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The Philosophy of Intransitive Preference

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  • Anand, Paul

Abstract

This paper argues against the proposition that rationality necessarily requires preferences to be transitive. Attention is given predominantly to the logic of the arguments purporting to show that rational agents must adhere to transitivity. The paper builds on previous work in the area of economics and philosophy by clarifying and sharpening the normative case for and against this basic assumption. Copyright 1993 by Royal Economic Society.

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Bibliographic Info

Article provided by Royal Economic Society in its journal The Economic Journal.

Volume (Year): 103 (1993)
Issue (Month): 417 (March)
Pages: 337-46

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Handle: RePEc:ecj:econjl:v:103:y:1993:i:417:p:337-46

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Cited by:
  1. Tyson, Chris, 2001. "The Foundations of Imperfect Decision Making," Research Papers 1714, Stanford University, Graduate School of Business.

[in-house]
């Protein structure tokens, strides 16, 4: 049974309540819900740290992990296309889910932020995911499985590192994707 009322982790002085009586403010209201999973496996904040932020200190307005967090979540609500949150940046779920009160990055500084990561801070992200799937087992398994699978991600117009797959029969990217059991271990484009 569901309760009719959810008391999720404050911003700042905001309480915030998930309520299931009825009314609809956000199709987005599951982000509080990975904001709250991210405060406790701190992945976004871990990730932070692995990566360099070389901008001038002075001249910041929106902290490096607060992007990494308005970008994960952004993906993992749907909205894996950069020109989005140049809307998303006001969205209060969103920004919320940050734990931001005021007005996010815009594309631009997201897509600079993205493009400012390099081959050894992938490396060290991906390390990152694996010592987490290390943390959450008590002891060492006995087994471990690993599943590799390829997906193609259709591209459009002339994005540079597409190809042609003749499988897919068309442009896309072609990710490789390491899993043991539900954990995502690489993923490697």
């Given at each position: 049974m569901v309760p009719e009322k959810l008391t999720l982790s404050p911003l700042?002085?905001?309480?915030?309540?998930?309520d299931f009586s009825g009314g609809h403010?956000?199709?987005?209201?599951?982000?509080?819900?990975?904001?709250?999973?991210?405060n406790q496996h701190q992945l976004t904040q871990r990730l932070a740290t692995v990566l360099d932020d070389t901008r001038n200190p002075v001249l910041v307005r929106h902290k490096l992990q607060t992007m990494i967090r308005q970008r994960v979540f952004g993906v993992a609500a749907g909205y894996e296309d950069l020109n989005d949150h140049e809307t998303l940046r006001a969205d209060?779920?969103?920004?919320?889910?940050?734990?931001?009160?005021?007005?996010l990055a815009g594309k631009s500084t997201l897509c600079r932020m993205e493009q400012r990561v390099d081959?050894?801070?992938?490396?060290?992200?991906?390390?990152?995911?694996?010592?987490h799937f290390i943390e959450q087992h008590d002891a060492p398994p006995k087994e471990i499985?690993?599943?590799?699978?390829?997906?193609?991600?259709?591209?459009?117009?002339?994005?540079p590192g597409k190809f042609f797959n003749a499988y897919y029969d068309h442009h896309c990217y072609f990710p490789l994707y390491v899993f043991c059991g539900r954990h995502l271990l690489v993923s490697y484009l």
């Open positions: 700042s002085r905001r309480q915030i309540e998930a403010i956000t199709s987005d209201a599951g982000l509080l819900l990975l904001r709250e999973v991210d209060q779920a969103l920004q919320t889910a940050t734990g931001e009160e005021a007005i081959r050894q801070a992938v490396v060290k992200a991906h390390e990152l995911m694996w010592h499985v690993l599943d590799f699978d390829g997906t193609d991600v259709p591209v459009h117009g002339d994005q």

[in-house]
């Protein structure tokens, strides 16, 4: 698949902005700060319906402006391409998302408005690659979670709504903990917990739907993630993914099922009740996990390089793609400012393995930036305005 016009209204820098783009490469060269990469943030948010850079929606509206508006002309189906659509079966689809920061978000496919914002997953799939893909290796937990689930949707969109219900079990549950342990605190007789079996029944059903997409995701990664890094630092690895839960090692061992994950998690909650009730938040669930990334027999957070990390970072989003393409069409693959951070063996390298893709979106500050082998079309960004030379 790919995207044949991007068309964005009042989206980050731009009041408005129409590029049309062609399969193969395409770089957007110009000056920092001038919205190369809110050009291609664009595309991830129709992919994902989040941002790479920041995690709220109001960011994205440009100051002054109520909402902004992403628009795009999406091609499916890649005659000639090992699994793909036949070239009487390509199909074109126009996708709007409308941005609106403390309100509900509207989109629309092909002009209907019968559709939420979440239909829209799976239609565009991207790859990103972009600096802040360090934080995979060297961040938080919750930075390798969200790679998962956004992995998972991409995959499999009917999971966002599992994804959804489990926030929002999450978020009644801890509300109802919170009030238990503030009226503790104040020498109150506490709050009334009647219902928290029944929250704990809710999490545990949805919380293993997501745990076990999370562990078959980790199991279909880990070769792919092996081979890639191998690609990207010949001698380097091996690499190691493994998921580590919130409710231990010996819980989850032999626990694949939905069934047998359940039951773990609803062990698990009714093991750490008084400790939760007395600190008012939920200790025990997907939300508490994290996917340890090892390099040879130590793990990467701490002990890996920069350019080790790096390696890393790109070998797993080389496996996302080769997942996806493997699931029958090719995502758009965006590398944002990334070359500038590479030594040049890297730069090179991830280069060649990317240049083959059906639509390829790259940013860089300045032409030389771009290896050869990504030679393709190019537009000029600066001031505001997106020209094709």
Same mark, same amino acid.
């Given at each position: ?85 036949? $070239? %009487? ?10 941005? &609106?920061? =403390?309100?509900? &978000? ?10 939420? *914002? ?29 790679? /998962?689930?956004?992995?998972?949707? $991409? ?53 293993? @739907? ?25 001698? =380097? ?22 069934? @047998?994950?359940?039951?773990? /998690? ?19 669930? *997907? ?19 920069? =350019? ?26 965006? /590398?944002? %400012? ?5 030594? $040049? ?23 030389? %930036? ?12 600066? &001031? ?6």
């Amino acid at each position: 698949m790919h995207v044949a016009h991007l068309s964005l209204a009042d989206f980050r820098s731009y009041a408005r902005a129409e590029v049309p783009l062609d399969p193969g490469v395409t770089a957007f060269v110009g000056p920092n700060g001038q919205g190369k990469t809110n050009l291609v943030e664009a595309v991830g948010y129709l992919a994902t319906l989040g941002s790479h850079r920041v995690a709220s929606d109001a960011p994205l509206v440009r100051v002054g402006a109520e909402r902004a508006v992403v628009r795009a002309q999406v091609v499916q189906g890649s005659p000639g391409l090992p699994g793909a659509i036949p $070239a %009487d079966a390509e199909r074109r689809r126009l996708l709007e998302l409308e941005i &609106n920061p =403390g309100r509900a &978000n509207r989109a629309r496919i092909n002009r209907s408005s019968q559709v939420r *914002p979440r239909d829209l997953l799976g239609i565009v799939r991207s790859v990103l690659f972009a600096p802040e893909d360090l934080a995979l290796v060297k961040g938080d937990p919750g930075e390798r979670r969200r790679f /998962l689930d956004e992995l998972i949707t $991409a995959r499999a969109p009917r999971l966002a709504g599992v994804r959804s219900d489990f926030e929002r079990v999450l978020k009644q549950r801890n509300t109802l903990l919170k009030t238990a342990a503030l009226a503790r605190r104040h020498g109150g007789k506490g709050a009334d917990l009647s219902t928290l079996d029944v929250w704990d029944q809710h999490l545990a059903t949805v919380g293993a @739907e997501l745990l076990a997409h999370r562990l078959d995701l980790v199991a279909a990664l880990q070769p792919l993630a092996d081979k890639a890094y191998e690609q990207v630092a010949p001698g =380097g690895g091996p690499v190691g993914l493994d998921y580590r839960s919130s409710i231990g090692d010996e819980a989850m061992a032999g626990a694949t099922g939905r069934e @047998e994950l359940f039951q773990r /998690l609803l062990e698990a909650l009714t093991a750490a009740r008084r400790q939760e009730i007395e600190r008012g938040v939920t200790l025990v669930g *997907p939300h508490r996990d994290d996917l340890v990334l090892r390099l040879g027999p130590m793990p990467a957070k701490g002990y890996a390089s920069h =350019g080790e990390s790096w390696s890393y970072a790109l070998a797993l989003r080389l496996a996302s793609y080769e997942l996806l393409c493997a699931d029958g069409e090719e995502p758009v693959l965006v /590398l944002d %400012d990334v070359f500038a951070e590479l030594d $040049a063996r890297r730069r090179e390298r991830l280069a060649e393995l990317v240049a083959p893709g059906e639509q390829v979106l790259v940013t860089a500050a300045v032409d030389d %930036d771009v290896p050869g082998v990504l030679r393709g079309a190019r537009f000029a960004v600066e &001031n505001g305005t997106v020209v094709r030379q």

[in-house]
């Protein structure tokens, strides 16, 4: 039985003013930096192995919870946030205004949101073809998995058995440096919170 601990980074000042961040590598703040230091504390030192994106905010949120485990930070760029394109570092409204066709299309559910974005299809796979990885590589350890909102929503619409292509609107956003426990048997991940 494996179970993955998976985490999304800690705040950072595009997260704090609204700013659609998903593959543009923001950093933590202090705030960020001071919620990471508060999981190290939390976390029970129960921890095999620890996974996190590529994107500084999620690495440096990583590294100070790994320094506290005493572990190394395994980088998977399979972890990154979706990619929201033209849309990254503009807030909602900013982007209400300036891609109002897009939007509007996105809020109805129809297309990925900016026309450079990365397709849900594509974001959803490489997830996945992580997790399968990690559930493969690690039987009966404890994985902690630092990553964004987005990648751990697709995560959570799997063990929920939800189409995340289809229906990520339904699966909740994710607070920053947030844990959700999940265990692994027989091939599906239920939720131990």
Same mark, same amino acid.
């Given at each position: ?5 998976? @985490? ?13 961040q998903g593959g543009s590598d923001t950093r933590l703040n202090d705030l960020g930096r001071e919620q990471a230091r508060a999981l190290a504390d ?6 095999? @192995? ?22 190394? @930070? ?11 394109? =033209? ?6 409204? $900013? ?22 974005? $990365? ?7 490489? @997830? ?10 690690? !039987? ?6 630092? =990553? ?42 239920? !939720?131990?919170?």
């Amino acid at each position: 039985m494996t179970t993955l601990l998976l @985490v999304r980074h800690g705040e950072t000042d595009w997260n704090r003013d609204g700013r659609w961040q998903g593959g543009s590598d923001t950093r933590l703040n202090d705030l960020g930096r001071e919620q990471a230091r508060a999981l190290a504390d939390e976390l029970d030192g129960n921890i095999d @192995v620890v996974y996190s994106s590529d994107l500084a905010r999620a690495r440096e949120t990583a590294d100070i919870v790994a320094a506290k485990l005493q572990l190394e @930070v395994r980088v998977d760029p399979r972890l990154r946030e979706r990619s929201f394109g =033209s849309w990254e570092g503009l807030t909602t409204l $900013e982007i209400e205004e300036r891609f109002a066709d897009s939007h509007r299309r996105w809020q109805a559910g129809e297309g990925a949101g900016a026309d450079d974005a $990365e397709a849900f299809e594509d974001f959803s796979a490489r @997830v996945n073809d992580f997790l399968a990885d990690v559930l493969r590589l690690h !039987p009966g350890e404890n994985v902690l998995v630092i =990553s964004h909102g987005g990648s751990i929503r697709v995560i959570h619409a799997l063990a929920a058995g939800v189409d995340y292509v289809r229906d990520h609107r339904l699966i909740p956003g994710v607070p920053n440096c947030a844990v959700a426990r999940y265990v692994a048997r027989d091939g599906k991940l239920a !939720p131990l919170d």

2. Shaw, W. Douglass & Woodward, Richard T., 2008. "Why environmental and resource economists should care about non-expected utility models," Resource and Energy Economics, Elsevier, vol. 30(1), pages 66-89, January.
  3. Cubitt, Robin P. & Sugden, Robert, 2001. "On Money Pumps," Games and Economic Behavior, Elsevier, vol. 37(1), pages 121-160, October.
  4. Christopher Tyson, 2005. "Axiomatic Foundations for Satisficing Behavior," Economics Series Working Papers 2005-W03, University of Oxford, Department of Economics.
  5. Diego Lanzi, 2010. "Embedded choices," Theory and Decision, Springer, vol. 68(3), pages 263-280, March.
  6. Christopher J. Tyson, 2007. "Cognitive Constraints, Contraction Consistency, and the Satisficing Criterion," Working Papers 614, Queen Mary, University of London, School of Economics and Finance.

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